What are the types of commercial buildings?

There are many different types of commercial buildings, each offering its own features and benefits. And when looking for a commercial property or commercial real estate for sale in Iowa, it’s important to understand the different sectors that make up the commercial real estate market. This will help you narrow down the search and find a space that suits the individual needs of your business or client.

First, there’s the basics. Most commercial real estate or commercial property for sale falls into one of five categories: retail, industrial, office, hotels, or special purpose. But it’s not as straightforward as it may seem. Within these basic categories are subsets of building types, and choosing the right one can have a major impact on your success.

Now, let’s take a look at the five basic categories of commercial buildings and take a deeper dive into each one. In no particular order…

#1: Retail Buildings

Retail is a fairly broad category, encompassing a range of businesses that includes everything from department and big box stores (like Walmart and Target) to mom-and-pop shops, groceries, food stores, banks, restaurants, drug stores and more. Retail centers can be multi-tenant spaces—usually featuring a lead tenant, which draws large crowds that may shop at the surrounding businesses—or single-use buildings, which only serve one business. When looking for a retail commercial building, you should consider the obvious factors, like the location and the business climate of the surrounding community, but determining whether you want a single- or multi-use building should be one of the first items on your list.

#2: Industrial Spaces

Industrial buildings serve a wide variety of businesses and are usually located close to highways, rail stations, waterways, airports and mixed transportation infrastructures. These buildings tend to be in lower-density areas, outside urban zones, and are often grouped into industrial parks.

Industrial spaces are typically designed for the following categories: heavy manufacturing (these buildings typically house heavy machinery), light assembly, bulk warehouse (large distribution centers) and flex or flexible industrial (buildings with a mixed use of office and industrial space, such as a corporate headquarters with a distribution center).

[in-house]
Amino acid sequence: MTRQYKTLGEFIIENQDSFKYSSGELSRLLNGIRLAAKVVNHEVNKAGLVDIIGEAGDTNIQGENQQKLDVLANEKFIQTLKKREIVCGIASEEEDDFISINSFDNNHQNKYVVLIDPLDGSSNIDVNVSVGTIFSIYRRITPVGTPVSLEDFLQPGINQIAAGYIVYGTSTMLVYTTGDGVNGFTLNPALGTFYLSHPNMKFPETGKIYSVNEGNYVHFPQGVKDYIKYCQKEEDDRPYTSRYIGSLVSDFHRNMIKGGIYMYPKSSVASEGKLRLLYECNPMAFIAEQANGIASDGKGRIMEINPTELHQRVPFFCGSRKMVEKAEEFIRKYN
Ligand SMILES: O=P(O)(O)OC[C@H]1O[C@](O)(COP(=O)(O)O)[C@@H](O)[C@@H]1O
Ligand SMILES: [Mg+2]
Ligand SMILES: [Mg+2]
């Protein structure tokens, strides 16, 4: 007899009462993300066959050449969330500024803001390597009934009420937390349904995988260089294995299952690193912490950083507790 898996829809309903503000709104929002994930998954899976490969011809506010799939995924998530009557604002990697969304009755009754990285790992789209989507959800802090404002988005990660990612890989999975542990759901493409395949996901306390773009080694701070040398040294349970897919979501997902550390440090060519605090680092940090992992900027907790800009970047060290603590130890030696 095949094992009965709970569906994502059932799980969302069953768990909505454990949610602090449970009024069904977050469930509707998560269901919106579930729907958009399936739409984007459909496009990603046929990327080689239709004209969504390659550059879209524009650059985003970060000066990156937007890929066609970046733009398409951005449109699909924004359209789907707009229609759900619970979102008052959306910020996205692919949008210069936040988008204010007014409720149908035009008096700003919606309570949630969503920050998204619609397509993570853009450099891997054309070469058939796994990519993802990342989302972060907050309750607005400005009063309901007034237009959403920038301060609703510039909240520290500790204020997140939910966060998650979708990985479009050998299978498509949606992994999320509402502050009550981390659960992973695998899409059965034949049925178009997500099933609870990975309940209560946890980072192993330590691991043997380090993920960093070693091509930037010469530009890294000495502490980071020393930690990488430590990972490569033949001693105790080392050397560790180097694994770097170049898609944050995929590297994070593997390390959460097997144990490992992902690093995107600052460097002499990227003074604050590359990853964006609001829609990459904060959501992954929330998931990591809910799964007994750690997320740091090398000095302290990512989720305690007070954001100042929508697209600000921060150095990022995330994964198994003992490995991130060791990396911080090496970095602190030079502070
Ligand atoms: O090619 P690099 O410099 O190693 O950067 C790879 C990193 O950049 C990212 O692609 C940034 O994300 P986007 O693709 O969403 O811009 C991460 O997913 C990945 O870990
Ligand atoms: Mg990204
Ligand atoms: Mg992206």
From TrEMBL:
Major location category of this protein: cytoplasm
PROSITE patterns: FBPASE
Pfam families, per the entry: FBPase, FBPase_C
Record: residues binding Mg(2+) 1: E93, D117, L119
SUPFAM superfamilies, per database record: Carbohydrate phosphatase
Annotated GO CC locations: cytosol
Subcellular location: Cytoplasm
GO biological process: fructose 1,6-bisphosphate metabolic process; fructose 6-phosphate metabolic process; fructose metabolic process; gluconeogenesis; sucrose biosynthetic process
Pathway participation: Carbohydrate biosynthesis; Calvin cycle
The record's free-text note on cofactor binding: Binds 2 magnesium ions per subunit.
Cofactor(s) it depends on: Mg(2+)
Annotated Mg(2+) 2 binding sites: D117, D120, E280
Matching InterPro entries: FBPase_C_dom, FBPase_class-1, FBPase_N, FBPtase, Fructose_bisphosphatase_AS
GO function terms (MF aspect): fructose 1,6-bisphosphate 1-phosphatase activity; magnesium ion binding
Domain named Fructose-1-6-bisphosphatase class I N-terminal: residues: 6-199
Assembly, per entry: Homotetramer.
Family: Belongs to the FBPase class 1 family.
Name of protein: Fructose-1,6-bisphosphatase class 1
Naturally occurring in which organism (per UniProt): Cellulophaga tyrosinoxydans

#3: Office Buildings

Much like retail buildings, there are a wide variety of office spaces designed for many different types of tenants. Traditionally, office buildings have been divided into two categories: urban properties, which are typically skyscrapers and high-rise properties; and suburban properties, which tend to be smaller and are often grouped into corporate parks. But recently this dynamic has shifted, with suburban offices adopting many of the trends that have, in the past, been signatures of the urban office market. Today, many suburban offices are incorporating amenities like on-site high-end restaurants, open collaboration spaces, coffee bars and even large outdoor parks that are open to the community.

The most important factor in selecting an office space is choosing a location that will appeal to your employees and your clients. Consider the office’s proximity to where your employees live, as well as nearby or on-site amenities. As the talent market becomes increasingly competitive, it pays to look for office buildings with attractive features.

There’s one last thing to consider when shopping for a commercial office property. Office buildings are usually classified by one of three tiers: Class A (the most prestigious buildings, which tend to offer exceptional amenities and beautiful interior design), Class B (which offer lower rates and moderate features), and Class C (which focus on offering functional spaces for below-average prices).

#4: Hotels

This may seem like a fairly self-explanatory category, but hotels are actually a highly diverse sector.

Within the hotel sector, there are independent and flagged hotels (chains, like Hilton or Marriott). These two major categories can be split into a number of sub-categories, including: boutique (a hotel that isn’t part of a large chain and typically has fewer rooms), full-service (these hotels offer room service and usually an on-site restaurant), limited service (no room service or restaurant), resort (a full-service hotel that typically occupies a large area of land with attached entertainment facilities), extended-stay (rooms typically include kitchens and guest rooms), and, finally, casino.

#5: Special Purpose Buildings

While the vast majority of commercial real estate buildings fall into one of the four categories previously listed, there are some that don’t neatly fit into a sector. This includes operations like churches, amusement parks, minigolf courses, storage facilities, and any other business or institution that wouldn’t belong in an office building, hotel, industrial space or retail complex.

Clearly, businesses in this sector must account for an entirely different set of priorities when looking for a building, but the same basic principles of real estate apply: Look for a business-friendly community, choose a place that’s near your workforce and your customers, and find a space that has all the features and amenities you need—at the right price, of course.

Thanks for reading! If you’re in the market for commercial real estate in Iowa, take a look at Altoona. Located just fifteen minutes east of Des Moines, Altoona is a growing community with thriving retail, entertainment, logistics, transportation and manufacturing businesses. Learn more here.